The other big change is how your border crossing experience will be. Rather than clearing immigration and customs at the airport, you clear it at a land crossing. It’s important to note that it’s not necessarily time-saving to cross at a land crossing; it can take more time than airport immigration if it gets busy. However, you won’t have to wait for immigration right after your flight, and you won’t need to get to the Canadian airport early for U.S. CBP preclearance when you return to the U.S. Plus, if you cross by car, you can always time your border crossing to be done at a less busy time, and in the meantime, you can hang out on the other side of the border. At the airport, you must wait in line to cross immigration before you can leave the airport. For some people, breaking apart the immigration and customs clearance part of their trip from the rest of the air travel part makes a world of a difference.

How to do this for Toronto?

To take advantage of cheaper flights and rental cars, you’ll want to fly to Buffalo Niagara International Airport (BUF) instead of Toronto Pearson or Toronto Bishop. It’s a few miles out of Buffalo and just 15 minutes away from the Canadian border. It is 30 minutes away from Niagara Falls and 2 hours from downtown Toronto (excluding border crossing times).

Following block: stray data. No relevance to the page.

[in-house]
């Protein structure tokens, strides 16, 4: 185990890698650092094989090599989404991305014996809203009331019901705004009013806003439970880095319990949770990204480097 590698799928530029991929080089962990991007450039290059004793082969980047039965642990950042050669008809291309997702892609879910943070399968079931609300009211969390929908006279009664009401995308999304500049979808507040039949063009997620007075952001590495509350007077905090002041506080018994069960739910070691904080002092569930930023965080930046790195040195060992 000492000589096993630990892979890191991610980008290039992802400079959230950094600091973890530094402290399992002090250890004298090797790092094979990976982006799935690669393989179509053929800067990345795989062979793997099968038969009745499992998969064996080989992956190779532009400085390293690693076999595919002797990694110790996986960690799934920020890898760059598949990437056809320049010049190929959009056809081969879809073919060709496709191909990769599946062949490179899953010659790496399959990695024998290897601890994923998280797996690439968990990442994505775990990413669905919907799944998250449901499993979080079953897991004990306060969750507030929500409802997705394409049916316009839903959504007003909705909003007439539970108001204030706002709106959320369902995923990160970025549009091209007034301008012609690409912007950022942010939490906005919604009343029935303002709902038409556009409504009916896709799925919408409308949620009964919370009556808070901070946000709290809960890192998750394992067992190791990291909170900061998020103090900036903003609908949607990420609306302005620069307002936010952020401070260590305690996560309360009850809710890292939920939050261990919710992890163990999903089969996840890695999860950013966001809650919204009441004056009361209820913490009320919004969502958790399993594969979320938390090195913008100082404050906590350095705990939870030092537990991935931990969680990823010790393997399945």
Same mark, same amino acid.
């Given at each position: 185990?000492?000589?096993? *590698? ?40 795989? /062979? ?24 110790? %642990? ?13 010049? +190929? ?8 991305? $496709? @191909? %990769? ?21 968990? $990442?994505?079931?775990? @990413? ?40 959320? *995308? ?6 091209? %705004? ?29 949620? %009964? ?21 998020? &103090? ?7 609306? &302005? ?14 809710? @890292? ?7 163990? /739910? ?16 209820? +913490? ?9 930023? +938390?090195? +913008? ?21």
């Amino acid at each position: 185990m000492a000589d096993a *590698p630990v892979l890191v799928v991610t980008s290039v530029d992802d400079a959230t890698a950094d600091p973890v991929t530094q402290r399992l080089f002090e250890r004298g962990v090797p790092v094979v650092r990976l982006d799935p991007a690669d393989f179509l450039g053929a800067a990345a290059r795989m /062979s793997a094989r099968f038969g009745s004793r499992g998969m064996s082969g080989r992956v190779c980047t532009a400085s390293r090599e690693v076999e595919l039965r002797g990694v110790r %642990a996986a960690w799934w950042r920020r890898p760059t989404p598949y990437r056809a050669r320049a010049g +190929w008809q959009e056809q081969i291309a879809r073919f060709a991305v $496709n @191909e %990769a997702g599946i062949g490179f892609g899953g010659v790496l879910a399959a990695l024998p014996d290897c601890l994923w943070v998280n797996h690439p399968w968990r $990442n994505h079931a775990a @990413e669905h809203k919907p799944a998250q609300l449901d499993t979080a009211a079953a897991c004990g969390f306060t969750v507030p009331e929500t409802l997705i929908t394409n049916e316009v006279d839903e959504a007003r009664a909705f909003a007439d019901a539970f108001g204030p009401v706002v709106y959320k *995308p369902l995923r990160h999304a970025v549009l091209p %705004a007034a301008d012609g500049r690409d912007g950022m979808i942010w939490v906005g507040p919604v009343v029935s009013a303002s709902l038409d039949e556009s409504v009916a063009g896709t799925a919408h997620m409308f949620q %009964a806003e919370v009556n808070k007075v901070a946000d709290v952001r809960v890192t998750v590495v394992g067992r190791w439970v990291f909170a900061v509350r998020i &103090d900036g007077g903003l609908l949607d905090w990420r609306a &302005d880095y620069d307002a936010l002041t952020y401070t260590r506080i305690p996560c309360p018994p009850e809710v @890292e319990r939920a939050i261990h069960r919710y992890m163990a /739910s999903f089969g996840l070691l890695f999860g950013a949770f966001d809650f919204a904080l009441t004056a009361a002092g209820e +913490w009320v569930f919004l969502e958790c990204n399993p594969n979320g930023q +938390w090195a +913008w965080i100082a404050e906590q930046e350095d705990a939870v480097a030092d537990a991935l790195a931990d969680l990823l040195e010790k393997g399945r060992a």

The rental car agencies know that lots of people will be taking their cars across the border, so you won’t need to ask for anything special to be added to your car in order to drive across the border.


For a Toyota Camry, you’ll be able to drive between Buffalo and Toronto round-trip on less than one tank of gas. This lets you save money on gas, since you can take advantage of the lower prices in New York State than the much higher prices in Ontario. If at all possible, try your best to fuel up in Buffalo or the American side of Niagara Falls instead of during your drive in Ontario to Toronto. Worst case, if you still need some gas to make it back from Toronto to Buffalo, pump a third of a tank, and then fill it all the way back up in Buffalo before you return your rental car.

Crossing the border

Assuming you don’t have NEXUS, you can cross the border at three bridges, listed from south to north:

  • Peace Bridge (Buffalo, NY–Fort Erie, ON)
  • Rainbow Bridge (Niagara Falls, NY–Niagara Falls, ON)
  • Lewiston–Queenston Bridge (Lewiston, NY–Queenston, ON)

The recommended crossing point to minimize tolls is to use the Peace Bridge. If you travel via the Lewiston–Queenston Bridge or the Rainbow Bridge, you’ll have to pay tolls when driving on I-190, and it’s all electronic tolling, meaning if your car doesn’t have an E-ZPass on it, you’ll have to pay by mail. (In the case of rental cars, it doesn’t matter if you have an E-ZPass or not: it’s going to be much more expensive than if you could just pay by cash at a toll booth.)